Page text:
‘BMW’s go on forever if you maintain them. Honda’s, however, will go for a long time, even when not maintained!’

Essentially, if you want your 3 Series to live a long healthy life you’ll really have to stay on top of maintenance.

This includes routine checks such as fluid levels, air filters, tire pressures etc as well as keeping up to date with factory scheduled maintenance intervals.

How Soon Should You Expect Rust on a BMW 3 Series?

Due to the use of higher quality materials and the under-body of the car being galvanized and sealed, 3 Series BMWs are not expected to rust for a very long time.

BMW offers a comprehensive corrosion protection treatment that they are confident enough in to provide a 12-year anti-corrosion warranty.

Owners have reported that to keep this warranty validated their vehicle must be subject to an annual rust inspection at the dealership at their own cost.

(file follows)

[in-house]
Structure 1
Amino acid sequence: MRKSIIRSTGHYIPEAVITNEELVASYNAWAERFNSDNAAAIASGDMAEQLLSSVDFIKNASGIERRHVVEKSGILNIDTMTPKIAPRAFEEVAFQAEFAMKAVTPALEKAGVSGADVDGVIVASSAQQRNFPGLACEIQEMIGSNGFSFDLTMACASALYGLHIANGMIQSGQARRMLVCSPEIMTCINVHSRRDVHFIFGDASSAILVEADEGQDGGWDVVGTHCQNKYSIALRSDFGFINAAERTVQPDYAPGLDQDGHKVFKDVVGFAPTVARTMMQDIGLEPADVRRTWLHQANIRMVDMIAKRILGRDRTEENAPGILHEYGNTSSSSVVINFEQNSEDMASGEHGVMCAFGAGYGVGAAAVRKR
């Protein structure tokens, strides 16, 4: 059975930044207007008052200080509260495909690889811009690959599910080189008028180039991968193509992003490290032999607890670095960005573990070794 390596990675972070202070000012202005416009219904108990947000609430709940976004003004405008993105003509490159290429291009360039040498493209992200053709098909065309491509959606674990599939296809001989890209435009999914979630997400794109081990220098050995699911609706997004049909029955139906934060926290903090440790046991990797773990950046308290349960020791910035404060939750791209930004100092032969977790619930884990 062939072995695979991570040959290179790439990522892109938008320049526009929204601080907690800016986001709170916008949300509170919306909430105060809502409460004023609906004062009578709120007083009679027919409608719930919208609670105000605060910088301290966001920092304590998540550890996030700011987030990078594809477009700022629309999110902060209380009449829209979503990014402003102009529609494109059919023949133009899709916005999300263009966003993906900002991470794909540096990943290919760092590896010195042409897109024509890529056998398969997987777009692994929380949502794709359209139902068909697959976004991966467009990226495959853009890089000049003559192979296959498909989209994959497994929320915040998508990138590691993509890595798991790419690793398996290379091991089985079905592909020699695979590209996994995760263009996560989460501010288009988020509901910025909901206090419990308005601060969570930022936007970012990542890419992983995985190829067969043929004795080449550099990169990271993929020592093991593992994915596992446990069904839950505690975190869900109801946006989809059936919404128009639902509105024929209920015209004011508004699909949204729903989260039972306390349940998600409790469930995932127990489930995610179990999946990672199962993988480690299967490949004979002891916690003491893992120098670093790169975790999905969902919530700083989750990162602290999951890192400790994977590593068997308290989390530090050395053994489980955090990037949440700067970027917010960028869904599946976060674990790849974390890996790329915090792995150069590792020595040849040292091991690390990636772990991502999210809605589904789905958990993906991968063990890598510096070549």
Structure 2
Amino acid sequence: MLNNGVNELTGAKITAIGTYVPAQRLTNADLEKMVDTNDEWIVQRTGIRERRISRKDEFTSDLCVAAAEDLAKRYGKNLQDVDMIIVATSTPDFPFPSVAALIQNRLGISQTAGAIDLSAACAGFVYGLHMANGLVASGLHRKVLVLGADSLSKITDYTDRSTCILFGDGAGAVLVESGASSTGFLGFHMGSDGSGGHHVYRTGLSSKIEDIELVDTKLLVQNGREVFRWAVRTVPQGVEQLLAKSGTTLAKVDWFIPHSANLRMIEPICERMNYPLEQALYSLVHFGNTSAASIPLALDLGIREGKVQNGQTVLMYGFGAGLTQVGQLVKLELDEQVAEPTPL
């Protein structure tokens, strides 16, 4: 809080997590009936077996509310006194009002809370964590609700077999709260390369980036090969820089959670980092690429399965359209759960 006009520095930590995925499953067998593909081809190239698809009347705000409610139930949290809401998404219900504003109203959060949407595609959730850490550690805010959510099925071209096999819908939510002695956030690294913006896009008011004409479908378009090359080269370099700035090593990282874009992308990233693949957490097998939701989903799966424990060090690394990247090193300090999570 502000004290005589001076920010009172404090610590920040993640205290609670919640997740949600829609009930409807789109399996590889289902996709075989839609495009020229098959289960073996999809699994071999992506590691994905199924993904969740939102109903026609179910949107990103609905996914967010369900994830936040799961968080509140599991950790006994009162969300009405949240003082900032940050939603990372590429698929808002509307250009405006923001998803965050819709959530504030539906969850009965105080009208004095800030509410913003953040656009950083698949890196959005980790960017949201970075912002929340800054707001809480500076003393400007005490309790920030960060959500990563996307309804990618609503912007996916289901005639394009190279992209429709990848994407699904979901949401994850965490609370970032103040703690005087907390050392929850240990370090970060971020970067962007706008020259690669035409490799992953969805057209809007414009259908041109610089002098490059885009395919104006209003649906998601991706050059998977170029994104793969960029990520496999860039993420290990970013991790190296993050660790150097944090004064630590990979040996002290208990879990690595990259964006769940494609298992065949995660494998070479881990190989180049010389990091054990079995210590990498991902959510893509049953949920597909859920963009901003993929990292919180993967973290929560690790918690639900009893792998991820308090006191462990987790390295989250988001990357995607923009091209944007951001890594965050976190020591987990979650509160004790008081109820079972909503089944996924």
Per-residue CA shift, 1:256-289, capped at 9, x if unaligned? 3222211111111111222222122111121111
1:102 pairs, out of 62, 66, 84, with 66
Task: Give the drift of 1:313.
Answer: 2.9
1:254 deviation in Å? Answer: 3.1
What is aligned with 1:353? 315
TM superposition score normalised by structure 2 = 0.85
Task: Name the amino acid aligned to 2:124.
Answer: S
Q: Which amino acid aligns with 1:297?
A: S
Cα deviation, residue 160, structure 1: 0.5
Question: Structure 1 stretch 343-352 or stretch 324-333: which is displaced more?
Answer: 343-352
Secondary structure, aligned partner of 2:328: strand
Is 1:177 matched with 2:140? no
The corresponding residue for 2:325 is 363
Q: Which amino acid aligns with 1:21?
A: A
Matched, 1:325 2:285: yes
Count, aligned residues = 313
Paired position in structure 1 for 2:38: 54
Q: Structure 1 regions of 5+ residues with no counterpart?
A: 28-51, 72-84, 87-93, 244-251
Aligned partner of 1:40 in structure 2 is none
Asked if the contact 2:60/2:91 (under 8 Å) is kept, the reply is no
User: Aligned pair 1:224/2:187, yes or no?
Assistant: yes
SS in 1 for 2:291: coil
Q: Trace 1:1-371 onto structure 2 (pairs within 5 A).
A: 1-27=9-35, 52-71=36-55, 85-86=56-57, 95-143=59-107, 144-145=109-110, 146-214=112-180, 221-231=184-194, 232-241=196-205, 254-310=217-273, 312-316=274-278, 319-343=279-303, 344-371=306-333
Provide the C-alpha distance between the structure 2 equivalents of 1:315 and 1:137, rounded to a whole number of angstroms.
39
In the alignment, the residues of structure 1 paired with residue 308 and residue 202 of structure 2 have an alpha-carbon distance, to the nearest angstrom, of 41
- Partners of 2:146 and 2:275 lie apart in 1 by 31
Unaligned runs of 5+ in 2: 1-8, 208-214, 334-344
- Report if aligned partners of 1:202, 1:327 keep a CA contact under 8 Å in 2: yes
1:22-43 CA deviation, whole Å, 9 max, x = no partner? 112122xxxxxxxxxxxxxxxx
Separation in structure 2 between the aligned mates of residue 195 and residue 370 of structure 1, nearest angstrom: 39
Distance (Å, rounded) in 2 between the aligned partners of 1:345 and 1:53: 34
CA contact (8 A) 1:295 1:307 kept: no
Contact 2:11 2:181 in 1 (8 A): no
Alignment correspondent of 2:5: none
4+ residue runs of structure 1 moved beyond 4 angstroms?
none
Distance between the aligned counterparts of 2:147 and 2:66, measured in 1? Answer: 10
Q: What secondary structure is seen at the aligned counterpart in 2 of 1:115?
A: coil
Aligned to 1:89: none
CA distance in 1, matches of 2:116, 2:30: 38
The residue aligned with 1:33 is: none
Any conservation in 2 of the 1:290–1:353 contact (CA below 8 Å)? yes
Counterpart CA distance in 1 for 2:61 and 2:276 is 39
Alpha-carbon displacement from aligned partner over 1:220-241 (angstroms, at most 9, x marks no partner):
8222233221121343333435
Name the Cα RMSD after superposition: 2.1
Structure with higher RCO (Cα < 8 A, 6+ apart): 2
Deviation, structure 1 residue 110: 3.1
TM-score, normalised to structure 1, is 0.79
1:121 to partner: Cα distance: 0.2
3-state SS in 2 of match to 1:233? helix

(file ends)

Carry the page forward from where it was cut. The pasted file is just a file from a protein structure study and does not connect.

Rust on a new 3 Series is out of the ordinary and additional rust protection treatments are not usually recommended.

Depending on where you live, rusting can be much more of an issue:

  • Coastal regions, where salty ocean air harms the paint and corrodes metal parts.
  • Areas that aggressively salt the roads in the winter – again, the salt and chemical agents used can wreak havoc on your vehicle.
  • Areas with lots of rainfall and high humidity; moisture will speed up rusting.

To help keep your 3 Series rust free, we advise:

  • Clean your car properly and regularly – Especially after exposure to rain, dirt, snow and salt. Be sure to get the underside of the vehicle too.
  • Storage – If possible, keep your car stored in a garage out of the elements. 
  • Repair damaged paint spots and scratches – Exposed metal will oxidize

Related: 10 Most Common BMW 3-Series Problems (Explained)

How Long Do BMW 3 Series Last Compared to Similar Models?

Below, we take a look at how the BMW 3 Series compares against some of its closest competitors:

BMW 3 Series vs. Audi A4

The A4 made by rival German automaker Audi has a sophisticated design and zeroes in on technology, efficiency, and quality.